Both homes are run very efficiently and are models of neatness and comfort. They are a credit to the diocese and to the Sisters and Priests who are directly working to make the home a pleasant, cheerful place in which these elderly people may spend their old age.
In Saint Joseph's Home we discovered many human interest stories written in the ledgers and on the faces of the people.
One parlor particularly interested us. There we saw four old ladies gathered around a card table, playing euchre. They didn't see us coming down the hall, so we had an excellent chance to watch them as they played. There was one tiny little old lady sitting in the rocking chair, very intent at her game. She had bright, sparkling eyes that seemed to be running over with mirth. This last seemed true of all of these people. They were really enjoying themselves. Then there was a plump woman with such friendly eyes and a kind face. The other two making up the game were pleasant, cheerful women, and all of them were talking and laughing as they played. Sitting reading at a table near the players was a woman whose hair was still black. Of that group, she alone seemed to be not really happy.
The were pleasantly delighted at our coming so that we knew, somehow, that these contacts with the outside were the only things which broke the monotony of their days.
When asked if we night take a picture of them, they were so surprised and elated that they insisted on calling all the other women down the corridor so that no one would be left out. They willingly moved around to gratify the photographer's whims and expressed great interest in the picture.
One of the persons who impressed us particularly was a jolly little woman with intelligent eyes and large, capable looking hands. She had such a soft grandmotherly look in her eyes that it seemed impossible for her not to have a number of golden haired grandchildren, but she didn't have any children. The women considered this one lady a "wonder" for she had made over one thousand quilts during her lifetime. Mrs. Bangasser, we learned, had almost immediately acquired the title of "the quiltmaker: upon her arrival in the home. She told us that she had made countless quilts for Saint Vincent's orphanage, and that although she had made so many quilts, she had not one left for herself. She finally consented to show us some that she was making, and they were cleverly made up from scraps of material for which no other use would be found. She spends all her time sewing on quilts and said herself that she didn't know what she would do if she didn't have this hobby to occupy her.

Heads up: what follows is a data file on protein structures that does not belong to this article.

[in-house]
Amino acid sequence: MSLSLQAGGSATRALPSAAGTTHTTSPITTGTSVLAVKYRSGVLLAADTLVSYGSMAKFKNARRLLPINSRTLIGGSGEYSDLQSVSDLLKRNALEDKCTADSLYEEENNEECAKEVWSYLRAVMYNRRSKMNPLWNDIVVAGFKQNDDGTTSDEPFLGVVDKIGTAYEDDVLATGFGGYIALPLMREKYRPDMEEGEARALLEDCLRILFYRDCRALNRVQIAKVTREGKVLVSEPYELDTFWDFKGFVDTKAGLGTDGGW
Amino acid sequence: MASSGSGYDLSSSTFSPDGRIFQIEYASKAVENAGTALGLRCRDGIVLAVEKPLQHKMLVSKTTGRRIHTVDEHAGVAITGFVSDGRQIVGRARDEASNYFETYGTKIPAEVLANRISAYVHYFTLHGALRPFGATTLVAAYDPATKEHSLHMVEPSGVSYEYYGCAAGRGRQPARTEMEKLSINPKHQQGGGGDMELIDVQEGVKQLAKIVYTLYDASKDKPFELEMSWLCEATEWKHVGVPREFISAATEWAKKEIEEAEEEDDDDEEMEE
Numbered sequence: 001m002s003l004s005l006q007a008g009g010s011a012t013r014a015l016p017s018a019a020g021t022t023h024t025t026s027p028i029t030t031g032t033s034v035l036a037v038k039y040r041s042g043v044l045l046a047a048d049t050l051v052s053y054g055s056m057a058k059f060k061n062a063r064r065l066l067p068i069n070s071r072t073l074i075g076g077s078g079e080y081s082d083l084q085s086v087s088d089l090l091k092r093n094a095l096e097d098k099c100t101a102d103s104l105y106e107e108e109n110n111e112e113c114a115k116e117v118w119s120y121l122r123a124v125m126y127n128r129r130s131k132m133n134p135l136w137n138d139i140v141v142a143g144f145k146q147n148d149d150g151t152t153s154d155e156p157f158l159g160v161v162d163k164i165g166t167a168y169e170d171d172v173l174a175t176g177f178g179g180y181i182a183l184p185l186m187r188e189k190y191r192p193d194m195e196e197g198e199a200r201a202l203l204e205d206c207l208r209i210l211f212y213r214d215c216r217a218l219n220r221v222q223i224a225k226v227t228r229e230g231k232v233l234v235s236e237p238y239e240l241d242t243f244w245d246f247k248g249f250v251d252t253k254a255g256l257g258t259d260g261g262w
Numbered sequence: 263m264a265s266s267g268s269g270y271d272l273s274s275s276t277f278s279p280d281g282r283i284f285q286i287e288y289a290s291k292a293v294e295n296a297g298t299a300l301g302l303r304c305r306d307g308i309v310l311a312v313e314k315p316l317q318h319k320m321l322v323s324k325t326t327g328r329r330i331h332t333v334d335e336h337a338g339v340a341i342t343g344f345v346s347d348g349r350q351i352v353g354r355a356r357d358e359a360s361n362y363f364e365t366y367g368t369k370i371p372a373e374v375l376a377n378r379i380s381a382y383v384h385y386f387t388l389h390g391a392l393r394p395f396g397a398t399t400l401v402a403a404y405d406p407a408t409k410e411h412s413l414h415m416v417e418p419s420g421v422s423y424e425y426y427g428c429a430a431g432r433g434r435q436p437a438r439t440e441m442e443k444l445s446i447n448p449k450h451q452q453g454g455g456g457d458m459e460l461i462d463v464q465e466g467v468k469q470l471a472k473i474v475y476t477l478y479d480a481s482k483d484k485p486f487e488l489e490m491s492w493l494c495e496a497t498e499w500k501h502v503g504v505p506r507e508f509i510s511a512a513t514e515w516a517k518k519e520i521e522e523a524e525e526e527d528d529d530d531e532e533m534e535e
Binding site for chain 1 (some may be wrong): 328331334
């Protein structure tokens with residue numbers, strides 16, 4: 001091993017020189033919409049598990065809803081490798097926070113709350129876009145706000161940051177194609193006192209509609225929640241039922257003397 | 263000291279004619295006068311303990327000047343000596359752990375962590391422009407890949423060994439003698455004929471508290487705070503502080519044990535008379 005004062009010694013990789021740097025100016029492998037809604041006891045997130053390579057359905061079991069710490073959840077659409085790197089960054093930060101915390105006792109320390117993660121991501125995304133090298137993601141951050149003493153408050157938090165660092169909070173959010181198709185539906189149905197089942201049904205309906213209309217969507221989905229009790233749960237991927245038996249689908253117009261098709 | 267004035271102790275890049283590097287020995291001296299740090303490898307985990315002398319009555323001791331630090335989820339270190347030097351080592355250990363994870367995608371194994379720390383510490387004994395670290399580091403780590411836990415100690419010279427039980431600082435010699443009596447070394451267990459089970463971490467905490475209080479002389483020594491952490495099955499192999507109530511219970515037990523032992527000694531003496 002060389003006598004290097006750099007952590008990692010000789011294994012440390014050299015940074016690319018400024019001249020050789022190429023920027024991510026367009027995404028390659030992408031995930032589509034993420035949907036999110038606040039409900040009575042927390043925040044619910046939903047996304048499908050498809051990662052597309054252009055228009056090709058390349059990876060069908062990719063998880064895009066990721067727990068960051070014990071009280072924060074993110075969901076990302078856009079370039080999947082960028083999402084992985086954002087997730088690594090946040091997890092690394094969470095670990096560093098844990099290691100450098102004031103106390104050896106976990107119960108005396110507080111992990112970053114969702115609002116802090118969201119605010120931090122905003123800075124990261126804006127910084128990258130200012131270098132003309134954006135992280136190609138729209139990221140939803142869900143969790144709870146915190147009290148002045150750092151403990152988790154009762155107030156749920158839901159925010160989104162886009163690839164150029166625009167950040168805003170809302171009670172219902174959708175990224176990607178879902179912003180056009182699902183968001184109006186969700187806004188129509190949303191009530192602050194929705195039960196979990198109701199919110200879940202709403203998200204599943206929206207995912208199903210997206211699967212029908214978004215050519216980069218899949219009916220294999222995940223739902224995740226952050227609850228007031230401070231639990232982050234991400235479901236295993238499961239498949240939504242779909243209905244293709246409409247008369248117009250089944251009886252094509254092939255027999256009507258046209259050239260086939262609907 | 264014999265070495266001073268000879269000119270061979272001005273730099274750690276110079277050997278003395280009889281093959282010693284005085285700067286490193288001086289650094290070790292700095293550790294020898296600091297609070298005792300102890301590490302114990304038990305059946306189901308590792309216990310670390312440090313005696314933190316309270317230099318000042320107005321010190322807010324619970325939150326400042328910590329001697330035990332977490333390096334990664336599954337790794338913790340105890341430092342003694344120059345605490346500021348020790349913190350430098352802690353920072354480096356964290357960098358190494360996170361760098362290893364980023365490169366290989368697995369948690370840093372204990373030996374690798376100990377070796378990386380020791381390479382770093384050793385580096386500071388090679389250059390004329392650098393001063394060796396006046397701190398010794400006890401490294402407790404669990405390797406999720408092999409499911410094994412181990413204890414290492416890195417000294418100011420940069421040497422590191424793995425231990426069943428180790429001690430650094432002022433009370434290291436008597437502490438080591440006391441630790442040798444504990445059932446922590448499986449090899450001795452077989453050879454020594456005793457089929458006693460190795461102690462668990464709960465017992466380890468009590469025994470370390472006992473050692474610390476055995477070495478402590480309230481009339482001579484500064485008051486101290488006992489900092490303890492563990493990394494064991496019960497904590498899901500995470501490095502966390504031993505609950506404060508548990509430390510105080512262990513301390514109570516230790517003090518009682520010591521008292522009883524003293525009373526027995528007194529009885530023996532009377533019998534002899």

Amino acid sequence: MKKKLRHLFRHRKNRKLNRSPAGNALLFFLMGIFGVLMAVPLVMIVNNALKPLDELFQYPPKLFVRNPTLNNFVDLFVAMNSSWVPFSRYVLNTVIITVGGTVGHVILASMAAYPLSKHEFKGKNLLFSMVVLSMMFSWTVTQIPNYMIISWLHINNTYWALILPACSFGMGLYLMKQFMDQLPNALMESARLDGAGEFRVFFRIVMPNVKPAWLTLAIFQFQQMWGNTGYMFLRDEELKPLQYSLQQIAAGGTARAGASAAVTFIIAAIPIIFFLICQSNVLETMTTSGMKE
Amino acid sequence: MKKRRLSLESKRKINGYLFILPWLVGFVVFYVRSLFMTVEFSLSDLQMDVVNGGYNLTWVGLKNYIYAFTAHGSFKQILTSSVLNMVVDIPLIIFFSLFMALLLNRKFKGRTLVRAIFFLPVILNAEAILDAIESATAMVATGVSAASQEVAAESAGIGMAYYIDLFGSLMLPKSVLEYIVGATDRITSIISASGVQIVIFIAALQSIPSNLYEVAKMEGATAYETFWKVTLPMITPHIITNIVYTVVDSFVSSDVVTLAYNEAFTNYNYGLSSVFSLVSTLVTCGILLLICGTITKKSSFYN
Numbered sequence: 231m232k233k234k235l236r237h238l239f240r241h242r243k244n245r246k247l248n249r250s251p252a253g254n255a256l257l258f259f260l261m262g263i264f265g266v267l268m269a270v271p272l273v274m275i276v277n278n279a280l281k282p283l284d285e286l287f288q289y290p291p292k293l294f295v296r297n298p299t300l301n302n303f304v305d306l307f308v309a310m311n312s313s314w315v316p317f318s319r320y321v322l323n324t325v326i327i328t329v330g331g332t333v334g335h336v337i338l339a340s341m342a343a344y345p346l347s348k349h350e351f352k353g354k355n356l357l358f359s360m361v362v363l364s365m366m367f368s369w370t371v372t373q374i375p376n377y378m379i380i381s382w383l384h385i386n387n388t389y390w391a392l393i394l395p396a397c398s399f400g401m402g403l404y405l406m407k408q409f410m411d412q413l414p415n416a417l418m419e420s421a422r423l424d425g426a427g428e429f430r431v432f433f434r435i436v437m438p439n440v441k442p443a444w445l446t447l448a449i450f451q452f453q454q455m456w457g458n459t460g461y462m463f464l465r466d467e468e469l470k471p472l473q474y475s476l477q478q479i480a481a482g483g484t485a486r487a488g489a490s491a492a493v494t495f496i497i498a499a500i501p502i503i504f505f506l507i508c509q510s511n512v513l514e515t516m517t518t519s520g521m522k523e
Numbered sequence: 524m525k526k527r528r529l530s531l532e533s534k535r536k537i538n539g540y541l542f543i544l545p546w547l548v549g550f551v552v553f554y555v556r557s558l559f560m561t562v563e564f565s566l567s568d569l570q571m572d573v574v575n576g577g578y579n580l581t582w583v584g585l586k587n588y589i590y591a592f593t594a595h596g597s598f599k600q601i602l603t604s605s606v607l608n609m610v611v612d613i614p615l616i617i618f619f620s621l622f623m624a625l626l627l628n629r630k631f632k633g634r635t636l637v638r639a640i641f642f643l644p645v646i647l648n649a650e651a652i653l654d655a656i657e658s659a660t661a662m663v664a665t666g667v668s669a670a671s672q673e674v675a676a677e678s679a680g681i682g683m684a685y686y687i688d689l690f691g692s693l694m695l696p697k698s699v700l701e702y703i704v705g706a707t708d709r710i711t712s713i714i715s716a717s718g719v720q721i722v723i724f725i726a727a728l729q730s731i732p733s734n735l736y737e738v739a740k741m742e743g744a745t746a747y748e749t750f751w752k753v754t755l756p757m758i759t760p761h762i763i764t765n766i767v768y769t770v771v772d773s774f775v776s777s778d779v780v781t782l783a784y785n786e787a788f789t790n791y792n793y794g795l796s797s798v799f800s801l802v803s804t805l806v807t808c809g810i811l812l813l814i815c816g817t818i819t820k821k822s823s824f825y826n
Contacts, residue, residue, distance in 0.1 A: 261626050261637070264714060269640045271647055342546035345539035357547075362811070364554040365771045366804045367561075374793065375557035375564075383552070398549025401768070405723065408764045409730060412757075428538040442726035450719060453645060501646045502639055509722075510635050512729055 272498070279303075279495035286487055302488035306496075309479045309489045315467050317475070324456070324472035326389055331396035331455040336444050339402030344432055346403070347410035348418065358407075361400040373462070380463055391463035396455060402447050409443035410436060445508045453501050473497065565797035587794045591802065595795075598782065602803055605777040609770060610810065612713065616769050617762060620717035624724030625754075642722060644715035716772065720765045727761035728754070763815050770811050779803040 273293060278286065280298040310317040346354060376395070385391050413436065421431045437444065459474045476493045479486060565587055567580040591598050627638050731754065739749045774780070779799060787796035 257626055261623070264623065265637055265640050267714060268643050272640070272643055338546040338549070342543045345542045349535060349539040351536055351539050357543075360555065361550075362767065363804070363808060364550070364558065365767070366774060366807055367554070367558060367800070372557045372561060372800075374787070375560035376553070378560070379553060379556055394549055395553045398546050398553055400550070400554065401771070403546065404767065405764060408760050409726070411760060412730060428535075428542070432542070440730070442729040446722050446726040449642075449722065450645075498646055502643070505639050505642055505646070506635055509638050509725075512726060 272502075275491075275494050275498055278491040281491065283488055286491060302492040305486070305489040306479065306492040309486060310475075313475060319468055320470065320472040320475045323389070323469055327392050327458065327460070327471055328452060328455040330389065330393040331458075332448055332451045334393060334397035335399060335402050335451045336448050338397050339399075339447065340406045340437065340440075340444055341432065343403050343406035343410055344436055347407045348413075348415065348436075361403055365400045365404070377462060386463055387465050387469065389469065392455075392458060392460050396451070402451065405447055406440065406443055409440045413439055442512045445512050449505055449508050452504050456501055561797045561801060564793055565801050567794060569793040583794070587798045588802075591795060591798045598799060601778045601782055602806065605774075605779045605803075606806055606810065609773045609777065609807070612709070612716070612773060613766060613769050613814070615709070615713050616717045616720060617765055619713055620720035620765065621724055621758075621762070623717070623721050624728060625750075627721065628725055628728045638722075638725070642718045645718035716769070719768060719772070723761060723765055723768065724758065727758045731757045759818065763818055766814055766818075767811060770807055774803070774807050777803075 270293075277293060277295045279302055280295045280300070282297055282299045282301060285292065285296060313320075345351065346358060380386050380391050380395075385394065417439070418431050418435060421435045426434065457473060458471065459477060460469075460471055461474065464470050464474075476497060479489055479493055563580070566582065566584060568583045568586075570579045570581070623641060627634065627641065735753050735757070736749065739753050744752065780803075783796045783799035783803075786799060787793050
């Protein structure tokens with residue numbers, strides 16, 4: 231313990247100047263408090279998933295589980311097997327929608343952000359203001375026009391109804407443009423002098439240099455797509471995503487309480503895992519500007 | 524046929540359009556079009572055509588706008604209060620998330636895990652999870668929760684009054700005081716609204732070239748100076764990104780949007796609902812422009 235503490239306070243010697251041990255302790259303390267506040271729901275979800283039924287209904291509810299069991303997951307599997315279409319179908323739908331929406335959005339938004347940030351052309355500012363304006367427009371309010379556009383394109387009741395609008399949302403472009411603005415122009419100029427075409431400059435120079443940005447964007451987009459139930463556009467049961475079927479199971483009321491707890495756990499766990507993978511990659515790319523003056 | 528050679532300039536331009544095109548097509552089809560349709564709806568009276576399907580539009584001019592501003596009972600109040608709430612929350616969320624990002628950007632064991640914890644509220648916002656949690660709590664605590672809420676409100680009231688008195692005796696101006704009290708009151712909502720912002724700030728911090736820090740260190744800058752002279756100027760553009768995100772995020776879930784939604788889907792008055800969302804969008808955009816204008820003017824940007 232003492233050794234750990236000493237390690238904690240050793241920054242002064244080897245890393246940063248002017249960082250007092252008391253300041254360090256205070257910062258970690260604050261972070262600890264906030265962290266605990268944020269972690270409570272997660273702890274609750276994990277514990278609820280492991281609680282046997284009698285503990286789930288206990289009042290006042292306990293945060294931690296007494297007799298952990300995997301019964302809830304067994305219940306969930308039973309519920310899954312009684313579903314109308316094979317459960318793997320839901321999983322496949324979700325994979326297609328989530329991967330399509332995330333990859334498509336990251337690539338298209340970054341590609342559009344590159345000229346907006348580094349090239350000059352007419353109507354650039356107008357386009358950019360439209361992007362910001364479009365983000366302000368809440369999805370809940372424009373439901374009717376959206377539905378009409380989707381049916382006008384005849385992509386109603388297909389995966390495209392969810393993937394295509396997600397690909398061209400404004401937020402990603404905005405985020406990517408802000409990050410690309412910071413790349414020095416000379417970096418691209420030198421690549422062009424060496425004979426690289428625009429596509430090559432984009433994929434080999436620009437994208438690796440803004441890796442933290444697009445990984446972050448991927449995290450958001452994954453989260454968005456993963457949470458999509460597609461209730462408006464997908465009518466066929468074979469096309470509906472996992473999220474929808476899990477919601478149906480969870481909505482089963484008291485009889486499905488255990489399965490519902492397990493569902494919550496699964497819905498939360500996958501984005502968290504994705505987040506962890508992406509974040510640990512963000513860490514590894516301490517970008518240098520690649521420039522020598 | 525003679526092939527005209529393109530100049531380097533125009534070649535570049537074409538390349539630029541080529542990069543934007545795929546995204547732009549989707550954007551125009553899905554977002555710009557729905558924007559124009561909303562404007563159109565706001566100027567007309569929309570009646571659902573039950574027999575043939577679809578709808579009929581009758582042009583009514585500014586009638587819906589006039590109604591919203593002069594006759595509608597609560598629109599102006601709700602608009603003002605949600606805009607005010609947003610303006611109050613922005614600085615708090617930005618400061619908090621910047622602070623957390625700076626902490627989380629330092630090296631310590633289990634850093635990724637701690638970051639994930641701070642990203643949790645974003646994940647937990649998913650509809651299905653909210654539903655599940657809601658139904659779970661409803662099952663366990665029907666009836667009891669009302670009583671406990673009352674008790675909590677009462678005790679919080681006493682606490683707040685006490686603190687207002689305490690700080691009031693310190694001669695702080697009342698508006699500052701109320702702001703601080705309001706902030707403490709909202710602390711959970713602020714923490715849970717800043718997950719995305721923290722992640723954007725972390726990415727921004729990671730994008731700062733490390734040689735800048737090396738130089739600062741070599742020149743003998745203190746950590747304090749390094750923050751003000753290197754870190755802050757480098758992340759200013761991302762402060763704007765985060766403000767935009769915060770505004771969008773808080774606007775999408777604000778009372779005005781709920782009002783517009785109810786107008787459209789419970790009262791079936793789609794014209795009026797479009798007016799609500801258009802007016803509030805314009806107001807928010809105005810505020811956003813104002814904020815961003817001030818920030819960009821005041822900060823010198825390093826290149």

In the men's parlor we found two people, one unfortunate who was feeble minded, and the other a robust looking man with with alert and kindly eyes. He was Mr. Schrom from Rockford, and he told us that he was the grandfather of the Schroms who are well known there. Like the women, these men were glad to have their pictures taken and seemed to enjoy our visit.
The only couple in the home was Mr. and Mrs. DuFour who gave all their property, which was a large estate, to the home in return for residence there as long as they lived. They are two kindly old people who, after all these years, are still deeply attached to each other. They have given much to the poor of their parish and outside and are loved by all who know them.
Contentment and peace seem to be theirs - - perhaps because they know they have nothing to worry about and that they will be card for the rest of their lives. They have adequate food, shelter, clothing and everything else they need, and they have one and all earned the right to security and rest in their last years.
[Compiled by: Charlotte Riche, Betty Bauch and Jeanne Donker - Contributed by Karen Fyock, who adds this note: St. Joseph's Home for the Aged and St. Vincents Orphanage were on the same campus. The main buildings kind of flowed into each other. They were not directly connected to any of the Catholic Churches in Freeport - but I'm sure they all supported the work. The children's home went out of business when foster care became the in thing, and the buildings were torn down and replaced with new buildings. Provena St. Joseph Center is now the way it is listed in the phone book. It is a nursing home type place but also has a senior day care, rehab unit.]
St. Vincent Orphanage
Contributed by Virginia Gorton Bonne